Tax Reform Time

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Dan Shaviro, a tax law professor at NYU, has a useful analysis of the new tax reform proposals coming out of Bush’s Tax Reform Commission. (See Kevin Drum for another summary.) I figured originally it was enough just to sneer at the proposal on account of it: a) being revenue-neutral, thus locking in the present budget deficits, and b) shifting the tax burden from wealth to work. Shaviro suggests it’s not quite as bad as all that, and there are some decent ideas in there, but that these reforms are extremely unlikely to happen—especially the caps on deductions for employer-backed health insurance and interest on mortgages—and the Bush administration will probably just “bury this plan under the heaviest rock they can find.” Fair enough.

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TIME IS RUNNING OUT!

We have an ambitious $350,000 online fundraising goal this month and it's truly crunch time: About 15 percent of our yearly online giving usually comes in during the final week of the year, and in "No Cute Headlines or Manipulative BS," we explain why we simply can't afford to come up short right now.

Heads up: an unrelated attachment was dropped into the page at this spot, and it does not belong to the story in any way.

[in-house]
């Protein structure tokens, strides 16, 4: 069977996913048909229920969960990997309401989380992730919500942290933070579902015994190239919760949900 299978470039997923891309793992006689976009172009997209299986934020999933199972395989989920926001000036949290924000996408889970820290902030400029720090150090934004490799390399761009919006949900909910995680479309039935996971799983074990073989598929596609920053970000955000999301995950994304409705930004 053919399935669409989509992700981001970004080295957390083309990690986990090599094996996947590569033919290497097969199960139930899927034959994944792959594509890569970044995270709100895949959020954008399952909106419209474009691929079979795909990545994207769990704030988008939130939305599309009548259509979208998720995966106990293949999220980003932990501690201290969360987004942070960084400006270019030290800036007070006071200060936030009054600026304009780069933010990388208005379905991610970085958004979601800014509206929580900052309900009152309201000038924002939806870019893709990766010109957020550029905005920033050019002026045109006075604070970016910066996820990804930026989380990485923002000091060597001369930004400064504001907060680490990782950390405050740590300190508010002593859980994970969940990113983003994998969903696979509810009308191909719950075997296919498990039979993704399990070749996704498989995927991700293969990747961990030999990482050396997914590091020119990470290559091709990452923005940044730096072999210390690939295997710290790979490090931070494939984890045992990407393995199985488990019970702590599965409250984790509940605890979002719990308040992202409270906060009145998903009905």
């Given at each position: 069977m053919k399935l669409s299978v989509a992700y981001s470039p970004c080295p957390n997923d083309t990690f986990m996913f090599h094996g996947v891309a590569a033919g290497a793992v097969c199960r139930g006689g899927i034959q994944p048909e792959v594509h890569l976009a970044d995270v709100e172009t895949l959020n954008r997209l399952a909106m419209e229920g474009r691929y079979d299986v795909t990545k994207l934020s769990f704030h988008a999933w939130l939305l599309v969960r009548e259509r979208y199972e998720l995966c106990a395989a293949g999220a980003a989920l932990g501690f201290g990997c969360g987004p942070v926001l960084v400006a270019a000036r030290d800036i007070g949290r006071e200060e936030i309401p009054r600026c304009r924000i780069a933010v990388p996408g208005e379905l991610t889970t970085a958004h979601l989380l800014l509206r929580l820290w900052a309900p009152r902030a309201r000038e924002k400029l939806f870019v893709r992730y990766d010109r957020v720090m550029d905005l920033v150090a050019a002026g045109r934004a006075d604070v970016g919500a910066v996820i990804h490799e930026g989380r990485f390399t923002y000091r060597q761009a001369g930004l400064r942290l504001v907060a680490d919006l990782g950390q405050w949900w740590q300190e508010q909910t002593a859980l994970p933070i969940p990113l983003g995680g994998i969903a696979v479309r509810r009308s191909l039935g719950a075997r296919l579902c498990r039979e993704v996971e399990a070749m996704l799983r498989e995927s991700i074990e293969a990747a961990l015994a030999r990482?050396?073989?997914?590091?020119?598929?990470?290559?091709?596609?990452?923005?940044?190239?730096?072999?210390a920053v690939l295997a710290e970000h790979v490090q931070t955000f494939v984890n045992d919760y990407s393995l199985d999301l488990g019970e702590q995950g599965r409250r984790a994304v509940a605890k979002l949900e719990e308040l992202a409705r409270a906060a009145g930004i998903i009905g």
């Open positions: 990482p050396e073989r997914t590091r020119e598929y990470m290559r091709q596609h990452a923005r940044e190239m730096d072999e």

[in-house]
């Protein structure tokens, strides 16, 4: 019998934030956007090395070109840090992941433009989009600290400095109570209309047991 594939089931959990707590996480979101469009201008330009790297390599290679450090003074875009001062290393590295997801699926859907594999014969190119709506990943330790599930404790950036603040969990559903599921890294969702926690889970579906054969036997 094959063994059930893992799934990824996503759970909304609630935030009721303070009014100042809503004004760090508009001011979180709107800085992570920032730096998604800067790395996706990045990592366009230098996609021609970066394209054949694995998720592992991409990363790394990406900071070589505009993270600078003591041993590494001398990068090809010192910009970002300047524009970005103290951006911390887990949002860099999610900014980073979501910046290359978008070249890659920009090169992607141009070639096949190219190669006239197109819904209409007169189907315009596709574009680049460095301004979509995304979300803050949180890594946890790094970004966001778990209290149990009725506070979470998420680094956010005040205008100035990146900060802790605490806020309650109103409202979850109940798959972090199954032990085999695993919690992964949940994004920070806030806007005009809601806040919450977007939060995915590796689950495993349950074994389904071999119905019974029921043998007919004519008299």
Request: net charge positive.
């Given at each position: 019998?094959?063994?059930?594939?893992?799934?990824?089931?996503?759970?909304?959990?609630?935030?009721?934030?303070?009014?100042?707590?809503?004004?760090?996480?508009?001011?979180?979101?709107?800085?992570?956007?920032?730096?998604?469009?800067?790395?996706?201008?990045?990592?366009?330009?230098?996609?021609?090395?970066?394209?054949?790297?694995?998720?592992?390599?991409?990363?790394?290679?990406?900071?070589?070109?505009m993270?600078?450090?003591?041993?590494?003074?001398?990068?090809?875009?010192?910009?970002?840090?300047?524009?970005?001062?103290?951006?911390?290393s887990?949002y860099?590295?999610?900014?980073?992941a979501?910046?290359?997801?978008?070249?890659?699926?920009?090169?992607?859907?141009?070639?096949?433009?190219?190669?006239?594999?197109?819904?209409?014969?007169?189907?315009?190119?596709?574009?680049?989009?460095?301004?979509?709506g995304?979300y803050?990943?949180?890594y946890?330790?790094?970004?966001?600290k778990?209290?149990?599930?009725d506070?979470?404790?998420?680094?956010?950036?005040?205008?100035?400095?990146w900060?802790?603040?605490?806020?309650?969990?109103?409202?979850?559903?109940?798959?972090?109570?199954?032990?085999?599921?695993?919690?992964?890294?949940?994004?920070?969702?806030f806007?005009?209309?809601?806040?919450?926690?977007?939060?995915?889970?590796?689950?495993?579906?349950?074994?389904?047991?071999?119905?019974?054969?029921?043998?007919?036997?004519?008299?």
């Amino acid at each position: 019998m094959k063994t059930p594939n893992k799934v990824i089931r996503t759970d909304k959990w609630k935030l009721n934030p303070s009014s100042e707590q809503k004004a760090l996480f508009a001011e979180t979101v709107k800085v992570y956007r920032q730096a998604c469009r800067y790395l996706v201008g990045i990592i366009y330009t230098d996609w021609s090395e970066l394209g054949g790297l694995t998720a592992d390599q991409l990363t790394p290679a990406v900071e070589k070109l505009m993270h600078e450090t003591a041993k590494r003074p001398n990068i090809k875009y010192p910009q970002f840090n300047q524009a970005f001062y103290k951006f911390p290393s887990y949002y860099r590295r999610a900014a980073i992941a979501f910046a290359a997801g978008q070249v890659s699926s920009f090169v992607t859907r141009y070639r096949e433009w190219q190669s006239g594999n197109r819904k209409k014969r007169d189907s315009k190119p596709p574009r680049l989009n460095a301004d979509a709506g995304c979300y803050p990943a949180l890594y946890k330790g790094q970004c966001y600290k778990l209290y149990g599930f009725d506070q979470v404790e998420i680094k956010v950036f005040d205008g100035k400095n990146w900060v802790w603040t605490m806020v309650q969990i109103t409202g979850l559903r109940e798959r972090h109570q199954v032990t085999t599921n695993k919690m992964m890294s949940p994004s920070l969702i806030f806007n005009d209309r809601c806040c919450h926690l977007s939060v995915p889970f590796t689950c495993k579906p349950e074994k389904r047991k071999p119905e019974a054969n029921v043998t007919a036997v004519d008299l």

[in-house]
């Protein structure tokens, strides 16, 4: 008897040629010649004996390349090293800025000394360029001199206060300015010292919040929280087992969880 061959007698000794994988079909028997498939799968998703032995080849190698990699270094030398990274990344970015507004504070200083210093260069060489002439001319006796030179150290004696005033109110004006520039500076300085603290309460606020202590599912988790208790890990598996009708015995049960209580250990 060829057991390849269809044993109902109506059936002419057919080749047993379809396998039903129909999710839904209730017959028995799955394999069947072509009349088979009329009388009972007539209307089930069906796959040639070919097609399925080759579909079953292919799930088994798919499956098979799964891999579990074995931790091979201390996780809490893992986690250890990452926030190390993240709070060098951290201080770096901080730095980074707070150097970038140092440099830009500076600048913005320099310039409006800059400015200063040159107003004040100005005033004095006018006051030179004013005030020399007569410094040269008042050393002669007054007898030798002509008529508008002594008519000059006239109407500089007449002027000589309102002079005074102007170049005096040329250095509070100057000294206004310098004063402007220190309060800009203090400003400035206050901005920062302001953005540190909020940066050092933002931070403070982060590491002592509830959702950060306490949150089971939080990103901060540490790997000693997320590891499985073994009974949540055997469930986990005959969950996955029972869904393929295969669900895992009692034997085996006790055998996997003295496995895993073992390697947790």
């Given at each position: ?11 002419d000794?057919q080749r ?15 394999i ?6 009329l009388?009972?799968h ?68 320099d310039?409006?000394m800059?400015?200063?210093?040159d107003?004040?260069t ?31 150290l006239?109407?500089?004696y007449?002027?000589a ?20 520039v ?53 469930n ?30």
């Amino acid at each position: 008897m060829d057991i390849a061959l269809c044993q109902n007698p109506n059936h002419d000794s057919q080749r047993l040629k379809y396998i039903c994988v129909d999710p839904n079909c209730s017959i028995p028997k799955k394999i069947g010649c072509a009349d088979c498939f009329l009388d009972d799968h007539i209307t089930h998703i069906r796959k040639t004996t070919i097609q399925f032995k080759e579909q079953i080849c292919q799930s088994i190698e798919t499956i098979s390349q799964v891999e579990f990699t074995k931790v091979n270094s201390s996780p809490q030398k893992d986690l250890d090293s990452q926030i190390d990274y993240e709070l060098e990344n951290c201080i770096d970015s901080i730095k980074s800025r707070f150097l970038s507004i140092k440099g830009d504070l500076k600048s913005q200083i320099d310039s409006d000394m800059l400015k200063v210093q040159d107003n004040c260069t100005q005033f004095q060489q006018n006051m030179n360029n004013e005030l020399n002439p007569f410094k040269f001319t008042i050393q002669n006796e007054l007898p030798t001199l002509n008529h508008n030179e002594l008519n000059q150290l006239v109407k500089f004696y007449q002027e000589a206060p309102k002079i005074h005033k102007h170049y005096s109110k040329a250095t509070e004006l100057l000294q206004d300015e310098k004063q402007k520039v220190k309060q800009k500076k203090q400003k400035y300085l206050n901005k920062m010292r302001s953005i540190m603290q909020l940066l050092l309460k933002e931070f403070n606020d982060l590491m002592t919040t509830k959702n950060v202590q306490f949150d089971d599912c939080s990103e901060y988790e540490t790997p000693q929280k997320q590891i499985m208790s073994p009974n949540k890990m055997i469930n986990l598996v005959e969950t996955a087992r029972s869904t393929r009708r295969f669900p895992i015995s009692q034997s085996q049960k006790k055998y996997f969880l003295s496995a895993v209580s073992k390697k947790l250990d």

The bottom line: Corporations and powerful people with deep pockets will never sustain the type of journalism Mother Jones exists to do. And advertising or profit-driven ownership groups will never make time-intensive, in-depth reporting viable.

That's why donations big and small make up 74 percent of our budget this year. There is no backup to keep us going, no alternate revenue source, no secret benefactor. If readers don’t donate, we won’t be here. It's that simple.

And if you can help us out with a donation right now, all online gifts will be matched thanks to an incredibly generous matching gift pledge.

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